Vea – A donor fund that was sourced by the Ghana Government to rehabilitate some parts of the Vea Irrigation Dam in the Upper East Region is likely to be returned to the donor agency if concrete measures are not taken to resolve a confrontation between the Chief of Vea and the “Tindana” to pave way for the contractor to complete the project as scheduled.
The “Tindana” is the overseer and spiritual head of the land and often consults the soothsayers when there is need for land to be released for any major development.
He is therefore a major stakeholder when it comes to the release of land for development and the Chief alone cannot play that role.
Speaking to the Ghana News Agency in an interview at Bongo , the Managing Director (MD) of Eunitack Services Exchange, Mr Lawrence Adam Takyi, the project contractor, said he was awarded the contract in 2010 to rehabilitate the up and down stream walls of the Vea facility which had developed major gullies as a result of prolonged erosion.
The MD who indicated that he would have completed the project before the December 2012 deadline, said he had done some part of the job and imported some material from South Africa to complete it.
He said what was needed to complete the work was some raw material in the form of rocks which could be found in the area but he had to enter into an agreement with the Vea Chief, Naba Thomas Azubire, and so a memorandum of understanding was signed and a sum of money paid to the chief for the raw material.
The MD indicated when he was about to break the rocks for use he was prevented by the “Tindana” who announced to him that that portion of the land was a sacred place and should therefore not be used for such activities.
This move, the MD noted, was seriously undermining and delaying the completion of the project at the scheduled time.
Meanwhile, the Upper East Regional Coordinating Council together with the Bongo Traditional Council are doing all they can to ensure that they resolve the issue for the contractor to complete the project on schedule to avoid the return of the grant to the donor.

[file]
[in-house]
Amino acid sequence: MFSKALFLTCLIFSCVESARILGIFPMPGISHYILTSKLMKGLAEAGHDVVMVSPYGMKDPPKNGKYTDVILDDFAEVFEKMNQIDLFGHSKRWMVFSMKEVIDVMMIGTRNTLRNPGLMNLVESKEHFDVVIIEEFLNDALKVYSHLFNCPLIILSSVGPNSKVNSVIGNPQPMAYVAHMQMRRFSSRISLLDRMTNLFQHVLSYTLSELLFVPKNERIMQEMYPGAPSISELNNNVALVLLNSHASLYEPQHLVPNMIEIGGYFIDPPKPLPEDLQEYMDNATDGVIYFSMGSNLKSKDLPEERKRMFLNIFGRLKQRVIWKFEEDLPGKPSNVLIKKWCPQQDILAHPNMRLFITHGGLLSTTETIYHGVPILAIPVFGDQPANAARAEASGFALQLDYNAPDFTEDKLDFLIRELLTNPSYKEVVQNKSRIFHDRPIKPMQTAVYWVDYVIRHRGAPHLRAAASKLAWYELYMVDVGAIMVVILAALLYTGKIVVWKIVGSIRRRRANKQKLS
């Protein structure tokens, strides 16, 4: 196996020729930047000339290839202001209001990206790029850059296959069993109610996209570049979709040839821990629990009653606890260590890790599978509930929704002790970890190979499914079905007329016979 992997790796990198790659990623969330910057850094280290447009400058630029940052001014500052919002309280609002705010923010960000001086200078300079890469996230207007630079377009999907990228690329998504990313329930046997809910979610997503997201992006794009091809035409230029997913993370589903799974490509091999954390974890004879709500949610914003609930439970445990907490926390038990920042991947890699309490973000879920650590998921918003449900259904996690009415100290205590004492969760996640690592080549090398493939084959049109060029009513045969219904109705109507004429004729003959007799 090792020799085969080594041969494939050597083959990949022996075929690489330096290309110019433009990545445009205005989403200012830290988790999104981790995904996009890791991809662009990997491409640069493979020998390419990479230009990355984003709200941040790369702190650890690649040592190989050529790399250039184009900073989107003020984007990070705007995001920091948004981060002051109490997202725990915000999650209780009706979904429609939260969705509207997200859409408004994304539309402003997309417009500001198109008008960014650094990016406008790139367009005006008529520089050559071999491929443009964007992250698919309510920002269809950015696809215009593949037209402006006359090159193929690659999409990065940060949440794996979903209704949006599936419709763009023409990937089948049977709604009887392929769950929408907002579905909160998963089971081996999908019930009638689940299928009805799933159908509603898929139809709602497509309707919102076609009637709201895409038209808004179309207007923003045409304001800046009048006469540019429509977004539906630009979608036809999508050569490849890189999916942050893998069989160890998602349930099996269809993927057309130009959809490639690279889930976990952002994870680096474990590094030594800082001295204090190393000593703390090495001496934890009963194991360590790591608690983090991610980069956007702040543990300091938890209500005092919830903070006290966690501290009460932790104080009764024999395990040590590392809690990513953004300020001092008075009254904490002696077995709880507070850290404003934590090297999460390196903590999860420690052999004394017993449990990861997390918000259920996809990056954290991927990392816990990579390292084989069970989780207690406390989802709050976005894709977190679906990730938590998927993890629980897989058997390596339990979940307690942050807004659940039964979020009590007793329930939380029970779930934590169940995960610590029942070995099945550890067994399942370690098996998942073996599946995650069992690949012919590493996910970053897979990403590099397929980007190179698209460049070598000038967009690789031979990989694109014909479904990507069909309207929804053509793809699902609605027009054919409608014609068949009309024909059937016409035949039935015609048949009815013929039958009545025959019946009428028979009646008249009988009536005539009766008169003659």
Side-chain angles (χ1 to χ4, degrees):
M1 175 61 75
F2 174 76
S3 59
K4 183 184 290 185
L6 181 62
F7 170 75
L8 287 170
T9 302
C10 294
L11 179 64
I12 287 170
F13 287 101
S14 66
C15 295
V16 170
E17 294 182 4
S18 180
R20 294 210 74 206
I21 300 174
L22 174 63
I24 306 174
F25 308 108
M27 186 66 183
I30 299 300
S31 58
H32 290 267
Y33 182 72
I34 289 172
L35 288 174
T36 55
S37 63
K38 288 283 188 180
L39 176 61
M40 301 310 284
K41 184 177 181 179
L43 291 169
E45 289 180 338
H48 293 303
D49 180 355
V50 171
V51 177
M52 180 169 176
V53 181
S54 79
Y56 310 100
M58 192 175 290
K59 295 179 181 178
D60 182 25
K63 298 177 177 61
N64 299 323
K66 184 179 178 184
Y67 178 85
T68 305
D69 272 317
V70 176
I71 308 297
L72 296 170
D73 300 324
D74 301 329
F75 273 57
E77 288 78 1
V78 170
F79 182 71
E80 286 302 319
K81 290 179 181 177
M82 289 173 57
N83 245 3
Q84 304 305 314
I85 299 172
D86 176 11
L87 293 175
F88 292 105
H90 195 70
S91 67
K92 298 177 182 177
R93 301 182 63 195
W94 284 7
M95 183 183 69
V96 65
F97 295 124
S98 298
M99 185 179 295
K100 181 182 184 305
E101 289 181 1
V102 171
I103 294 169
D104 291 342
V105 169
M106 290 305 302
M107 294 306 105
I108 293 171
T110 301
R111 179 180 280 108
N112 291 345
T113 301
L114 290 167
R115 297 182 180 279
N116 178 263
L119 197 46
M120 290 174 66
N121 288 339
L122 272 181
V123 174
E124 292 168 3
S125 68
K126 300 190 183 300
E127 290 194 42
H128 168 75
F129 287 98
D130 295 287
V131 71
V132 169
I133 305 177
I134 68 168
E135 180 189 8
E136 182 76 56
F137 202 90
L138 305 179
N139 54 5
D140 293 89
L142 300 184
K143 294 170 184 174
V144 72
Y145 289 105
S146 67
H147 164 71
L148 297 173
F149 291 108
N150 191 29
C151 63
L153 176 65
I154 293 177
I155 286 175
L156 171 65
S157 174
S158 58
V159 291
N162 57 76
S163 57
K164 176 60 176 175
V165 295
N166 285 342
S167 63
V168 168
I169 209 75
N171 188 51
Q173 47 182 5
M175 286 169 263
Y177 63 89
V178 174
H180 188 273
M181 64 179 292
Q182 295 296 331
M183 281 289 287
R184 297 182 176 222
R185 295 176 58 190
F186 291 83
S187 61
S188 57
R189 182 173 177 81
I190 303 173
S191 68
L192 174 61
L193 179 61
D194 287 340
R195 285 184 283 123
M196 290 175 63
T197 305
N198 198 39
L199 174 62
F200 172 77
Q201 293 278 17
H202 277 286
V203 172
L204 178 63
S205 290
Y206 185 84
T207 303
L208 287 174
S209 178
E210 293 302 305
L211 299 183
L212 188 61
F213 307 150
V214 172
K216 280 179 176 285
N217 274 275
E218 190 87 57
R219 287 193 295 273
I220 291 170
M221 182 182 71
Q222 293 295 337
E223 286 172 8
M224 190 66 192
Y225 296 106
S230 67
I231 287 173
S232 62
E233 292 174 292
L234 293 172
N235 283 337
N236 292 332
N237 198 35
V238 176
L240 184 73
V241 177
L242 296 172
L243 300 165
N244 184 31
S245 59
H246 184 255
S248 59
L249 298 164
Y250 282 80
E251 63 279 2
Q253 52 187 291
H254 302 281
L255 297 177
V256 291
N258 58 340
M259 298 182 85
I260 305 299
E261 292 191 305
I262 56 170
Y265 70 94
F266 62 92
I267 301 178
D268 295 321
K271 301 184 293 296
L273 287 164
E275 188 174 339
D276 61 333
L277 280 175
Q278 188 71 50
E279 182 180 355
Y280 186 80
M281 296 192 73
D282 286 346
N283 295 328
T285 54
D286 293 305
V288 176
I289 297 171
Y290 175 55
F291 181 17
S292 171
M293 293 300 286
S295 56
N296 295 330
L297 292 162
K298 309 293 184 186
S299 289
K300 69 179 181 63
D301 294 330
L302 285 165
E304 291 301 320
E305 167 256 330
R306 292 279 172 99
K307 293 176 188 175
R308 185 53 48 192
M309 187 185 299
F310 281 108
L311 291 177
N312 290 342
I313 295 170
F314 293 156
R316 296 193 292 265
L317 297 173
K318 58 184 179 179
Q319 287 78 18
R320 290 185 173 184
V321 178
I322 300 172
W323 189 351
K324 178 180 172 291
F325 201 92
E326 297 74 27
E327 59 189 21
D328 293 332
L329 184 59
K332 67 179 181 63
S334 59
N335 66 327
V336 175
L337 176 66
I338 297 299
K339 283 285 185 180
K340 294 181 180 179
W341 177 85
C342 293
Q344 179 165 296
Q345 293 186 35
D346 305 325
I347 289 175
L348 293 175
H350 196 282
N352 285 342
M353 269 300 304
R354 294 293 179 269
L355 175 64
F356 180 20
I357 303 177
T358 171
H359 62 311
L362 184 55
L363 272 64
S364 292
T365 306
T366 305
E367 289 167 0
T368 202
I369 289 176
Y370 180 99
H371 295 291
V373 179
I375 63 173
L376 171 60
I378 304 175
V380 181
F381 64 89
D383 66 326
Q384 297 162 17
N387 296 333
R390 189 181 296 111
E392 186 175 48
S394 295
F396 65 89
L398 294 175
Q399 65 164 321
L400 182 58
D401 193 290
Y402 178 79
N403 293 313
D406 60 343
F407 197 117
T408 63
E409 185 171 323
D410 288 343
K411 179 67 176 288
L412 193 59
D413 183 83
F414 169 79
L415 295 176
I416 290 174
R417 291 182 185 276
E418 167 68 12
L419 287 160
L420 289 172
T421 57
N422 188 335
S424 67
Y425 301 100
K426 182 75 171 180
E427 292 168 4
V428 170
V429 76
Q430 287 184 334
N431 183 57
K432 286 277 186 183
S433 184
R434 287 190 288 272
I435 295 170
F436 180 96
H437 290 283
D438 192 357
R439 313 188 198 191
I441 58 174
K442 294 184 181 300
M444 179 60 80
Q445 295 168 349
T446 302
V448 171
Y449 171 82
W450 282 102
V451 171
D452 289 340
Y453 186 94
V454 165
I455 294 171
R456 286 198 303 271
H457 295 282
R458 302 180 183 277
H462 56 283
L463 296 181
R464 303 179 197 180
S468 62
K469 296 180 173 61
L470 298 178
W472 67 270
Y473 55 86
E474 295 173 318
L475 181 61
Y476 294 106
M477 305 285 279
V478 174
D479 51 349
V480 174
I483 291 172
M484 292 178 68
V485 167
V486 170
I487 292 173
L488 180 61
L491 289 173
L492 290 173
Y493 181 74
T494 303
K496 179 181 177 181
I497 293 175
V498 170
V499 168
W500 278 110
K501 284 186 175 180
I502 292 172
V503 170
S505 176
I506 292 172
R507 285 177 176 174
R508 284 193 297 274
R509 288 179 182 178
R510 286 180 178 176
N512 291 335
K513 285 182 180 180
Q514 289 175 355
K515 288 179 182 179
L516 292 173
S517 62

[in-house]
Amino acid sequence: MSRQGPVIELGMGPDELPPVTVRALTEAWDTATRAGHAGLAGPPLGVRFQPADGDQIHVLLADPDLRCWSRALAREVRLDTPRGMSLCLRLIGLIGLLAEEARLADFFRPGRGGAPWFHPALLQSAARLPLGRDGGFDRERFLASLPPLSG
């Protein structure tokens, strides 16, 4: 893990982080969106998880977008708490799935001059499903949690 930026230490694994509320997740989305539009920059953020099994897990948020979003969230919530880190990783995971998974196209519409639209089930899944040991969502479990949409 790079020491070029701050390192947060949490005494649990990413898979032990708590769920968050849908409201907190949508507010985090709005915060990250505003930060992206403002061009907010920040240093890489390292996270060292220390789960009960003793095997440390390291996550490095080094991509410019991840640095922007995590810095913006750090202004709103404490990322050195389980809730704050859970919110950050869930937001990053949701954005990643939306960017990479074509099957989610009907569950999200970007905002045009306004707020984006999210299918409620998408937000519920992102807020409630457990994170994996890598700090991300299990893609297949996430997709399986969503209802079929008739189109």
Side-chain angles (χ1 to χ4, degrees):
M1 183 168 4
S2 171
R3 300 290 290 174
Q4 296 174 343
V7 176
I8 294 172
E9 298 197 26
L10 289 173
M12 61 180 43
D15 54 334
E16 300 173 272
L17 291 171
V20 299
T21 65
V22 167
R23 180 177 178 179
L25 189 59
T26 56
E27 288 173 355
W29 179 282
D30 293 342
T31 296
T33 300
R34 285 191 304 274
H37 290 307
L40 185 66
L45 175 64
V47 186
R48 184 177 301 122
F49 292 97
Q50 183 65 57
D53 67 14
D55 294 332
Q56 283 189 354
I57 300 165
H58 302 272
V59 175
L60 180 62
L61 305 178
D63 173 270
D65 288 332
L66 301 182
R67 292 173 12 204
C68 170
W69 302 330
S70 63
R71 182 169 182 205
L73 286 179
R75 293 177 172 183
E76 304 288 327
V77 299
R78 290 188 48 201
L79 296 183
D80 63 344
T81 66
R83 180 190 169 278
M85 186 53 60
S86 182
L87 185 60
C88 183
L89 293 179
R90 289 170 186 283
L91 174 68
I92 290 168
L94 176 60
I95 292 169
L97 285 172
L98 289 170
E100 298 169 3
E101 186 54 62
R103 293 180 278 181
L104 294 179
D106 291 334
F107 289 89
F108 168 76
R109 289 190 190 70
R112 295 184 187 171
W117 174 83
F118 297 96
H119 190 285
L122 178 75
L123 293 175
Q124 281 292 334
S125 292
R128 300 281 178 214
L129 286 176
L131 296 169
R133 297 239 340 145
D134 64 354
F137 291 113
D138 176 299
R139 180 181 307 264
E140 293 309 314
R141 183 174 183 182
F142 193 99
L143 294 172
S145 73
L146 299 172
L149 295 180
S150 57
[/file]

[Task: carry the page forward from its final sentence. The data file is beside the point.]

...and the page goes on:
Addressing some of the stakeholders at the Palace of the Paramount Chief of the Bongo Traditional Area, the Deputy Upper East Regional Minister, Mrs Lucy Awuni said Government could not afford to allow the grant from the Nordic Development Fund to be returned without the execution of the project.
She appealed to the Paramount Chief of Bongo, Naba Baba Salifu Aleemyaruum who is the overlord of the area to intervene and resolve the issue.
Mrs Awuni explained that the Vea Irrigation facility used to be a major source of livelihood not only to the people of Vea community but the entire Bongo District and the Bolgatanga Municipality where most people engaged in dry season farming including rice, tomato, onion, pepper cultivation, among others.
She stated that due to the deplorable nature of the facility, majority of the farmers could not crop as they used to do and as a result most of them including the youth had left to the southern sector to seek for greener pastures.
“When the facility is rehabilitated it would empower the people particularly the youth to go into farming, especially during the dry season instead of migrating elsewhere to do menial jobs”
The Paramount Chief blamed Vea Naba Azubire, one of the sub chiefs, for causing the problem and said he the Paramount Chief should have been consulted earlier.
He assured the Deputy Regional Minister that he would resolve the problem for the project to be completed on schedule.
The Dam, which was built in the 1960s, is collapsing. It has not had any major rehabilitation since its establishment. The canals and laterals that convey water from the dam to the farms have virtually broken down.
Water does not get to the farmers to enable them to irrigate their farms and many have abandoned the farmlands.
The irrigation area is zoned into low lands for rice farming and uplands for the cultivation of tomato soya beans, cabbage, lettuce, pepper and other vegetables.
Millet and groundnuts also used to be grown in the area. GNA